/ 11 February 2016

Diamond surge a ‘flash in the pan’

Only six perfect diamonds weighing more than 100 carats have sold at auction in the past 25 years.
Industries benefit when they have inclusive and diverse leadership, says Sizakele Marutlulle. (Graphic: John McCann)

The world’s two biggest diamond-mining companies have just sold $1-billion worth of gems and it’s making smaller rivals nervous.

January offerings by De Beers and Russia’s Alrosa PJSC, which control almost two-thirds of the market, far exceeded everyone’s expectations. The sales were driven by supply cuts last year, which led to shortages, lower prices and better-than-expected holiday demand. But there are concerns it’s too much too soon for an industry still reeling from the biggest rout in seven years.

“It’s going to be very difficult to sustain the current exuberance of the market,” said William Lamb, the chief executive of the Lucara Diamond Corporation.

“We’ll most probably see diamond prices softening in the back end of this year.”

The smaller producers are at the mercy of the two biggest, whose market dominance helps them control prices by reducing output or withholding sales. About a quarter of global supply disappeared last year as miners tried to arrest an 18% drop in rough prices after China’s slowdown and an industrywide credit crunch curbed demand.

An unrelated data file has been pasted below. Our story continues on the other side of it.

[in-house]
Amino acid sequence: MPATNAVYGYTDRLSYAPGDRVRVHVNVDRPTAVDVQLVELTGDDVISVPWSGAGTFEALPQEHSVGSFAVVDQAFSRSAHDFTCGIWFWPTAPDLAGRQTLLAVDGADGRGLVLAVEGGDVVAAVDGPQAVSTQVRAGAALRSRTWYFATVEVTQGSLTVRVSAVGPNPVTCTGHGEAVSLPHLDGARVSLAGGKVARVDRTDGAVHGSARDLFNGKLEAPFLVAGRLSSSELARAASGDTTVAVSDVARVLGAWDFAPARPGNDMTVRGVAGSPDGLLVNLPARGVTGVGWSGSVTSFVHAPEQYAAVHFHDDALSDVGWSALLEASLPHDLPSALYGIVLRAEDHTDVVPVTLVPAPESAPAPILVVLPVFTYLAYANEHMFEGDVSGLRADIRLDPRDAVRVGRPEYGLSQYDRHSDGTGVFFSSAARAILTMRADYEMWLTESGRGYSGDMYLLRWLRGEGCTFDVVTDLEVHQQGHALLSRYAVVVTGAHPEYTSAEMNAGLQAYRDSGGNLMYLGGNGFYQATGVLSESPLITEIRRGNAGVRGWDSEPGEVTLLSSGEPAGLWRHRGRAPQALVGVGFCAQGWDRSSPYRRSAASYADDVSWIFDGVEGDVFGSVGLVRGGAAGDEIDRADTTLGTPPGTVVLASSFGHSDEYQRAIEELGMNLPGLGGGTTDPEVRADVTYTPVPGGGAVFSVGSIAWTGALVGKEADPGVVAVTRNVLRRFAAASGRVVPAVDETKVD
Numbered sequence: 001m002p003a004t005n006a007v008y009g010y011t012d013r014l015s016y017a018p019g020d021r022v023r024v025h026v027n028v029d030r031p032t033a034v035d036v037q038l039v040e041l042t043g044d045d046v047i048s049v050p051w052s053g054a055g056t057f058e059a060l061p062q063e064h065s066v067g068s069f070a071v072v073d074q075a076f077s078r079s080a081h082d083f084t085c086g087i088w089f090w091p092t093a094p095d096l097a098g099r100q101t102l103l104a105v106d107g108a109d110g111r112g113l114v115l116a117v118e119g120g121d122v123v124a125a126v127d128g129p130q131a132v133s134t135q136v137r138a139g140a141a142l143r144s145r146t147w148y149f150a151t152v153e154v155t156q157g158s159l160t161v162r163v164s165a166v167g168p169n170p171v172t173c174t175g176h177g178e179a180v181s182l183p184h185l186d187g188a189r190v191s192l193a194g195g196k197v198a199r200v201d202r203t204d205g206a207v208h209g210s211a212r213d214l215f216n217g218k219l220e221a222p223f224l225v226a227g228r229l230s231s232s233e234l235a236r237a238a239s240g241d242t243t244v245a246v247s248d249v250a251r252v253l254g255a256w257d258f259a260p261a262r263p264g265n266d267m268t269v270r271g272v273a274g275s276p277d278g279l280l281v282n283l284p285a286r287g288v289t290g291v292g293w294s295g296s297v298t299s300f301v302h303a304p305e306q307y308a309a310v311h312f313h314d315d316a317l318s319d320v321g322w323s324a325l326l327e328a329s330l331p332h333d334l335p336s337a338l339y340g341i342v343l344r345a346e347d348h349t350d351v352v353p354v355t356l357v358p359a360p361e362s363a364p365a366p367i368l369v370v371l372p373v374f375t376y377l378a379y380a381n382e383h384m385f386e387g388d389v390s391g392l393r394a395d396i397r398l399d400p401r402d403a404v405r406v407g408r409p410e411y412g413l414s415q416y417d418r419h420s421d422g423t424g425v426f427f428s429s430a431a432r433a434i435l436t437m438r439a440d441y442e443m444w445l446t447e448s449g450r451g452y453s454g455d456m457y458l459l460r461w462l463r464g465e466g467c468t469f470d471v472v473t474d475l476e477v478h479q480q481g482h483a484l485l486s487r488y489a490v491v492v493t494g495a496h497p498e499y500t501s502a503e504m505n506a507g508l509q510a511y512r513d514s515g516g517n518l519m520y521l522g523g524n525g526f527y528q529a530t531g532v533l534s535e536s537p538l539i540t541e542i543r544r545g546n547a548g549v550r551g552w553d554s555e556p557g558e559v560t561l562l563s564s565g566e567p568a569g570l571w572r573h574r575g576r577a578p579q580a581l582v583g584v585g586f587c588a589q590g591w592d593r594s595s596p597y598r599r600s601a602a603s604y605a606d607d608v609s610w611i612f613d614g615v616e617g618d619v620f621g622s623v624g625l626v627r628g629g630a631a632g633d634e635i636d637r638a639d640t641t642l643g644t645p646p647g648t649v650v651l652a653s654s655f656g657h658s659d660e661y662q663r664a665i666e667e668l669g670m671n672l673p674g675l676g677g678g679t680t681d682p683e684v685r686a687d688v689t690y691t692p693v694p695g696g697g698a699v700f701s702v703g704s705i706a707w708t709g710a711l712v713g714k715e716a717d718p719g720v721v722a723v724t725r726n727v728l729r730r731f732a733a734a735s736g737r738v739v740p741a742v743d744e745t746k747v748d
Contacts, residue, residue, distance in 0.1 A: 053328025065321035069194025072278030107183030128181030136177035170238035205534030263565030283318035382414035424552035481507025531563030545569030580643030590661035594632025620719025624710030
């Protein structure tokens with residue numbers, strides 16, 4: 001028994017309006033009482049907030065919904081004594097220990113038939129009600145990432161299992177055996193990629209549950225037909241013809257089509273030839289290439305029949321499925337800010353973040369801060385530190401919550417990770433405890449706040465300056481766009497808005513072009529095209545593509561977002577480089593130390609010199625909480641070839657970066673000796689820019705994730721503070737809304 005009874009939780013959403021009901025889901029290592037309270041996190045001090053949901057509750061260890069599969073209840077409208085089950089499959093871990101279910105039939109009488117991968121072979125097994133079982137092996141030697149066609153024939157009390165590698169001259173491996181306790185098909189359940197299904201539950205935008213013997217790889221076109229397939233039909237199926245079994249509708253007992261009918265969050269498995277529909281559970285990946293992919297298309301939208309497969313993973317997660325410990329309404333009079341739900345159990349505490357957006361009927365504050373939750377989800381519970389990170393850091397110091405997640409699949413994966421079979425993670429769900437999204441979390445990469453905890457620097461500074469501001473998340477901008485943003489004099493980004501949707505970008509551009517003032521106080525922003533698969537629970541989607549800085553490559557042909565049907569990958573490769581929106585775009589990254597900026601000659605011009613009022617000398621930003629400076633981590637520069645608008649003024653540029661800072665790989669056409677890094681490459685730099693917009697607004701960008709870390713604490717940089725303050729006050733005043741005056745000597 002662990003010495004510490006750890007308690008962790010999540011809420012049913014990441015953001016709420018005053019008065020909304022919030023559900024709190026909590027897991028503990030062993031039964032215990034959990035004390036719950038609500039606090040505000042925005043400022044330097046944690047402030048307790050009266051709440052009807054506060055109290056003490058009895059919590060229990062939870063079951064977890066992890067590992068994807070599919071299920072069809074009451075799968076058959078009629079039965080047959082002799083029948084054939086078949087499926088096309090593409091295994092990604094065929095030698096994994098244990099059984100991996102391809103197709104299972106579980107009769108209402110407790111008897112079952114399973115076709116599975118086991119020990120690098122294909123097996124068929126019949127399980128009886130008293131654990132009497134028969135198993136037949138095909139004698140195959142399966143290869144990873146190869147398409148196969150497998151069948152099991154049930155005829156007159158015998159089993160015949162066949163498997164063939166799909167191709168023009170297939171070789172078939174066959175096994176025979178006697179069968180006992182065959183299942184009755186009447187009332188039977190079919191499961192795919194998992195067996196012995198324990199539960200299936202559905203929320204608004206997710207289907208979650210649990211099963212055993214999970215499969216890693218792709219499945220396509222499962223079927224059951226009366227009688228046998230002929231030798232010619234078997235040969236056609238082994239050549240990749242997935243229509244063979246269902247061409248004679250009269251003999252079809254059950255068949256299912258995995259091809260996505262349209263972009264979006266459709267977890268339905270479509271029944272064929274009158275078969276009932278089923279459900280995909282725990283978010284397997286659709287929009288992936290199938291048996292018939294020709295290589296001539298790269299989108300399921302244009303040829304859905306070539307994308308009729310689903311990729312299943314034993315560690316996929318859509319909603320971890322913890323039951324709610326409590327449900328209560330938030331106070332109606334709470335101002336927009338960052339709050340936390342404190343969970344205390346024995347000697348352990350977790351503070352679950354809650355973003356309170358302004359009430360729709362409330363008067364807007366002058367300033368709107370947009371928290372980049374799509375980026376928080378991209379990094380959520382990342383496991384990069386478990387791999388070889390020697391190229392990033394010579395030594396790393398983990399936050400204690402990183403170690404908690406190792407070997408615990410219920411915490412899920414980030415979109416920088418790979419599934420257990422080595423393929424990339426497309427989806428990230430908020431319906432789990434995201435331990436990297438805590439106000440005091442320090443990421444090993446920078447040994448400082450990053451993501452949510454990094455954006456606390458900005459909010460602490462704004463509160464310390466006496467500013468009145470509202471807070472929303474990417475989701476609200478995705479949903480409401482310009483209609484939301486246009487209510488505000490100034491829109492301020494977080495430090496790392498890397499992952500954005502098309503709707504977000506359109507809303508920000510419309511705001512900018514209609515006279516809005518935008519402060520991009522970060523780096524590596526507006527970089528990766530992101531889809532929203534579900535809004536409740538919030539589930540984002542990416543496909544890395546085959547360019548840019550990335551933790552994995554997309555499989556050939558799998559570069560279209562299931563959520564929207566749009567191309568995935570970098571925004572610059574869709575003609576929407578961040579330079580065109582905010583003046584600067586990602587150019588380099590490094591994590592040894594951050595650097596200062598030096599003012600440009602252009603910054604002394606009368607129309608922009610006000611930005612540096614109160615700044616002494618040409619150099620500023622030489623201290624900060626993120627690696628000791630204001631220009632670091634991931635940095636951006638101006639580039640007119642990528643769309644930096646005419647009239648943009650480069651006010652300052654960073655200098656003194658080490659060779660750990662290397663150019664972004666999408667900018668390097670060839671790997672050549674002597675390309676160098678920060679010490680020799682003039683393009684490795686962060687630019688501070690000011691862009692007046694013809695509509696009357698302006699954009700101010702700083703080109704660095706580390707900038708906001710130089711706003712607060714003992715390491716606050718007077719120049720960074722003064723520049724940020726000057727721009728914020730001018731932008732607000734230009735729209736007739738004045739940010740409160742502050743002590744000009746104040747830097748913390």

Helped by a 7% price cut, Anglo American-owned De Beers sold $540-million of diamonds in its first sale this year, more than twice its December offering and beating analysts’ expectations. Alrosa extended its January sale and shifted about double the $200-million to $250-million it originally planned.

“January was a good start on that road to recovery, but whether we’re firmly on that road, it’s too early for me to call that,” said Stuart Brown, chief executive of Firestone Diamonds and a former chief financial officer of De Beers. “Time will tell. You don’t get any prizes for being bullish in this industry.”

Last year was bruising for the $80-billion industry, with prices dropping the most since the global financial crisis in 2008. Cutters, polishers and traders said mining companies were still demanding more than many could afford to pay.

Prices should remain steady this year, said Paul Loudon, the chief executive of DiamondCorp. The London-based company plans later this year to revive the 1930s Lace mine in South Africa.

“Early this year, there’s real demand from the factories for rough [diamonds],” Loudon said in an interview in Cape Town. “It’s not sustainable. It’s not going to last for the whole year.”

De Beers in December said polished diamond demand would fall 1% to 2% in 2015 compared with 3% growth a year earlier. Tiffany & Co last month lowered its full-year profit forecast, and the Chow Tai Fook Jewellery Group, the biggest jeweller, has slowed expansion plans. – © Bloomberg News